[Note, added 18/7/2017: Genetics has no direct bearing on the AIT/OIT question. The spread of languages can be analysed or researched only through the fields of linguistics, archaeology and textual analysis (i.e. analysis of inscriptions, traditional history and ancient texts like the Rigveda). It can not be traced through the study of Genetics, which can neither prove nor disprove the AIT or the OIT. Today, there is not the slightest genetic connection between a Sinhalese, a Scandinavian and an English-speaking "African American" or "native American" (i.e. "Red Indian"), all of whom speak "Aryan" languages today. Languages spread through historical contacts between different peoples and civilizations, but trying to trace an exact "gene" or "haplogroup" moving from an original speaker to an acquired speaker of the language, and trying to trace the dates at which these "genetic transfers" took place, and the geographical areas from and to which these "genetic transfers" took place, is ridiculous and senseless. It simply can not be done. Read, for example, the book "The History of Chess" by HJR Murray: the game spread from India to every part of ancient Asia, taking the Indian name "chaturang" with it, which became "chhoeu trang" in Vietnamese to the east, "shatara" in Mongolia to the north, and "shatranj" in Arabia to the west. We can not trace this movement of the game from India to the rest of Asia through a study of "genes" and "haplogroups" transferred along with the game. Likewise, the spread of Buddhism from India into East and Southeast Asia can not be traced through any trail of Indian "genes" or "haplogroups" moving into those areas along with the religion. The transfer of language, though not exactly in the same category, is likewise not traceable through a study of genetic transfers and movements, but only through a study of archaeology. linguistics, and documented history (in this case, primarily the oldest recorded IE text, the Rigveda).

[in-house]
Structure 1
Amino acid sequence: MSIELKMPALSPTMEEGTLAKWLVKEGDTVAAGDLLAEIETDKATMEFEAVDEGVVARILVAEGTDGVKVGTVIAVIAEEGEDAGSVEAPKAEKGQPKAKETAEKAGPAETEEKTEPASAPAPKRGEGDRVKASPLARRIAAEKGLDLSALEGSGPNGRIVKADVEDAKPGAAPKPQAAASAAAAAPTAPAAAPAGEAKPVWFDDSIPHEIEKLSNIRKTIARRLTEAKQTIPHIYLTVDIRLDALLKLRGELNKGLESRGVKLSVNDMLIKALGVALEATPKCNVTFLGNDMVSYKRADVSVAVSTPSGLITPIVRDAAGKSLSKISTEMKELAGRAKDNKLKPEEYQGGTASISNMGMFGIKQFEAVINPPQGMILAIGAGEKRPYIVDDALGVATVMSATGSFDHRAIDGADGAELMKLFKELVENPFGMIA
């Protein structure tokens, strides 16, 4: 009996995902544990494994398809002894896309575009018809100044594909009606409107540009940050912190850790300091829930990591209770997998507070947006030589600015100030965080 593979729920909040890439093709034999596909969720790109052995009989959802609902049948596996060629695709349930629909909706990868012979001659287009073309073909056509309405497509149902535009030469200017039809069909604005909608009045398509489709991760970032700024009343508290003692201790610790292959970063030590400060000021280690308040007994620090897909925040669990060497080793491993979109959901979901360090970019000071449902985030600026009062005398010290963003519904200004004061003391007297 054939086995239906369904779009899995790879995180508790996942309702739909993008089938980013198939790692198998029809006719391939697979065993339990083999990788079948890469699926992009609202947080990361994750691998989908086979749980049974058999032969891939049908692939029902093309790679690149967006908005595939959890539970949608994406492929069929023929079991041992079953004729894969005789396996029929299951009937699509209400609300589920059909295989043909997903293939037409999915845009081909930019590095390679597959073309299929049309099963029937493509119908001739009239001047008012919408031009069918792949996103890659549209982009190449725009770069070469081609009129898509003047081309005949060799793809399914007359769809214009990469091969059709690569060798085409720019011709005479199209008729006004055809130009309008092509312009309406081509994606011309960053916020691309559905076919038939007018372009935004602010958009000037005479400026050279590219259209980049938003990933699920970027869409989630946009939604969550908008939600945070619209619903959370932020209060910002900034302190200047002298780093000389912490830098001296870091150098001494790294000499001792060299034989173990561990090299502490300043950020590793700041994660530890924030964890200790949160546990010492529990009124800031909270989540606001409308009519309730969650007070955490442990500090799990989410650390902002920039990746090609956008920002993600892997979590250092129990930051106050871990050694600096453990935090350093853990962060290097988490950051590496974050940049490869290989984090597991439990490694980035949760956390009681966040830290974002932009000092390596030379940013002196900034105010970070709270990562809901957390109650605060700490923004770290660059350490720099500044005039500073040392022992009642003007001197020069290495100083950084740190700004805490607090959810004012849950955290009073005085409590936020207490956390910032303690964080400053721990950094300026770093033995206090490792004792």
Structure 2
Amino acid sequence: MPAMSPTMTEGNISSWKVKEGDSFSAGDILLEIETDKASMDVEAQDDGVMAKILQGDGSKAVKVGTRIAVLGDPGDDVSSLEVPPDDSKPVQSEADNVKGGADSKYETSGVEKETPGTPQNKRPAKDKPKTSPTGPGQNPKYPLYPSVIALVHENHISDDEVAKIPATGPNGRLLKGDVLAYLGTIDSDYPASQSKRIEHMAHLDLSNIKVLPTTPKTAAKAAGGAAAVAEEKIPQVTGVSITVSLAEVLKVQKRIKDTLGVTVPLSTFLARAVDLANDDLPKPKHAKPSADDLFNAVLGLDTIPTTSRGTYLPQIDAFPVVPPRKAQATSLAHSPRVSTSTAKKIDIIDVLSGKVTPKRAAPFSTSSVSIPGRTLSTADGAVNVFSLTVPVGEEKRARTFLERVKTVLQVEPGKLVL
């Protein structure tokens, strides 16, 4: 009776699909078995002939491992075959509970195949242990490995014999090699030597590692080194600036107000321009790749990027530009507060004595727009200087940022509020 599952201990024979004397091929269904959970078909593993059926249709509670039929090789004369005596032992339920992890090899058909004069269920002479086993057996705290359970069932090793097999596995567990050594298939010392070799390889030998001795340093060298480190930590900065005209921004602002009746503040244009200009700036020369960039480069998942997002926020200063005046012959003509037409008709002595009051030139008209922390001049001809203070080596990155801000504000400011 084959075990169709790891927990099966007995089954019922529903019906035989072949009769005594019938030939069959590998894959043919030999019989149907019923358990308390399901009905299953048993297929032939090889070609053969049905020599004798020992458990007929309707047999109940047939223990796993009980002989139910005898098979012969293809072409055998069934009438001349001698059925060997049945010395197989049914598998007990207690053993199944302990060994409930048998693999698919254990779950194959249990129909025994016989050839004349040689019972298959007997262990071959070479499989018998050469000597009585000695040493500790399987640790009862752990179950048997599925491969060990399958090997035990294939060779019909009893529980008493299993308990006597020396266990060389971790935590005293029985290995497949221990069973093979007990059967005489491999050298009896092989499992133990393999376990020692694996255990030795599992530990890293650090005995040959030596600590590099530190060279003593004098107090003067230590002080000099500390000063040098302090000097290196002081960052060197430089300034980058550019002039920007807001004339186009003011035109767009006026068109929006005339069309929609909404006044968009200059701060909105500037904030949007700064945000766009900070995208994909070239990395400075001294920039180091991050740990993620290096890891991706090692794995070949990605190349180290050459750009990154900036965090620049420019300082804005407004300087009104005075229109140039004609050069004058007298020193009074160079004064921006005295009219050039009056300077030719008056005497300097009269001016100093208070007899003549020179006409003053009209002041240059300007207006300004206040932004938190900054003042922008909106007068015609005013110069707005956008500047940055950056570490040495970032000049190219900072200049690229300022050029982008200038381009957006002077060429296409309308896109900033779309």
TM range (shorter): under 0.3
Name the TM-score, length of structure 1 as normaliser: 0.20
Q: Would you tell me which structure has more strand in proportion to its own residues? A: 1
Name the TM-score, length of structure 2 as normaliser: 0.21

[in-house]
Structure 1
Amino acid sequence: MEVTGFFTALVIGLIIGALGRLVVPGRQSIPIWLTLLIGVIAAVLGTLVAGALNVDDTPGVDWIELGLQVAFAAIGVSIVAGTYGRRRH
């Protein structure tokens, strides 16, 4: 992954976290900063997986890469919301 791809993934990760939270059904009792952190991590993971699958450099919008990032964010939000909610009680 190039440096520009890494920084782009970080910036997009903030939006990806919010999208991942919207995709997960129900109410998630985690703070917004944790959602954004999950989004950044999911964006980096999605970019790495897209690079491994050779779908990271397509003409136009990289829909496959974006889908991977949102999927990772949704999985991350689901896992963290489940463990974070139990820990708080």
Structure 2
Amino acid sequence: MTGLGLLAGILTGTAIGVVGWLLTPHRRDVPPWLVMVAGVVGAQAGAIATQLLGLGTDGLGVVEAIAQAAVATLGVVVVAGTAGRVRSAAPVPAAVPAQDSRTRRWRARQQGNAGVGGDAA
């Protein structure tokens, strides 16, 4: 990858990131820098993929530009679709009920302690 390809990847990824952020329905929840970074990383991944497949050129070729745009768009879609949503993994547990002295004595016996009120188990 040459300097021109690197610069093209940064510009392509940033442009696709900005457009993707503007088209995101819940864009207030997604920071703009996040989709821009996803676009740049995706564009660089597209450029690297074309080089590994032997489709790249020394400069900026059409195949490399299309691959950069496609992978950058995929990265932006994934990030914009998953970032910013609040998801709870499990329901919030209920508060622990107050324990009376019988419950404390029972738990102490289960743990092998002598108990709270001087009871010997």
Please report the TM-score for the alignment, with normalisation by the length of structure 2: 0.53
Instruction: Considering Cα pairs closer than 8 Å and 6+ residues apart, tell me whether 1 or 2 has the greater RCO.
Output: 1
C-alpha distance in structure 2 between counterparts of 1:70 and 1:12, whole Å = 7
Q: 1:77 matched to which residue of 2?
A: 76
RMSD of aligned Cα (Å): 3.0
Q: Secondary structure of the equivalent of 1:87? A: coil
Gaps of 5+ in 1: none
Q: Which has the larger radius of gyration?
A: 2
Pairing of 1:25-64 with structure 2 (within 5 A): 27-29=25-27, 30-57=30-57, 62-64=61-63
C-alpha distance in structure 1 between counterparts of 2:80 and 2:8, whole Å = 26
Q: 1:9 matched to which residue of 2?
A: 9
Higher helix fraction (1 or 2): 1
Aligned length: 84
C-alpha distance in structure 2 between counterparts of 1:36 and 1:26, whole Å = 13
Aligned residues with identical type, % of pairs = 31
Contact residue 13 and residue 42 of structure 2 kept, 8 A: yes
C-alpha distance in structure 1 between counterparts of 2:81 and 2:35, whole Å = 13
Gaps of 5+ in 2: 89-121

It is their defeat in these three fields, which is becoming increasingly evident to the AIT warriors, anti-Hindu or racist-casteist Hindu, that is making them abandon arguments based on linguistics, archaeology and textual interpretation, and latch on to pop versions of "genetics", the "scientific" nature of which is calculated to dazzle, mesmerize and confuse the average person into suspecting that they may be having something there].

II. True Aryan History.

The true history of Aryan culture and civilization is recorded in the traditional historical narrative of India recorded primarily in the Puranas, and it can be elucidated by the Textual Analysis of the oldest recorded Indian text, the Rigveda. We have an advantage over traditional Indian analysts of the Vedic texts, since we have before us the evidence uncovered by the study of modern Linguistics which helps us to unravel this true history, whose geographical reach extends far beyond the geography and period of the Rigveda.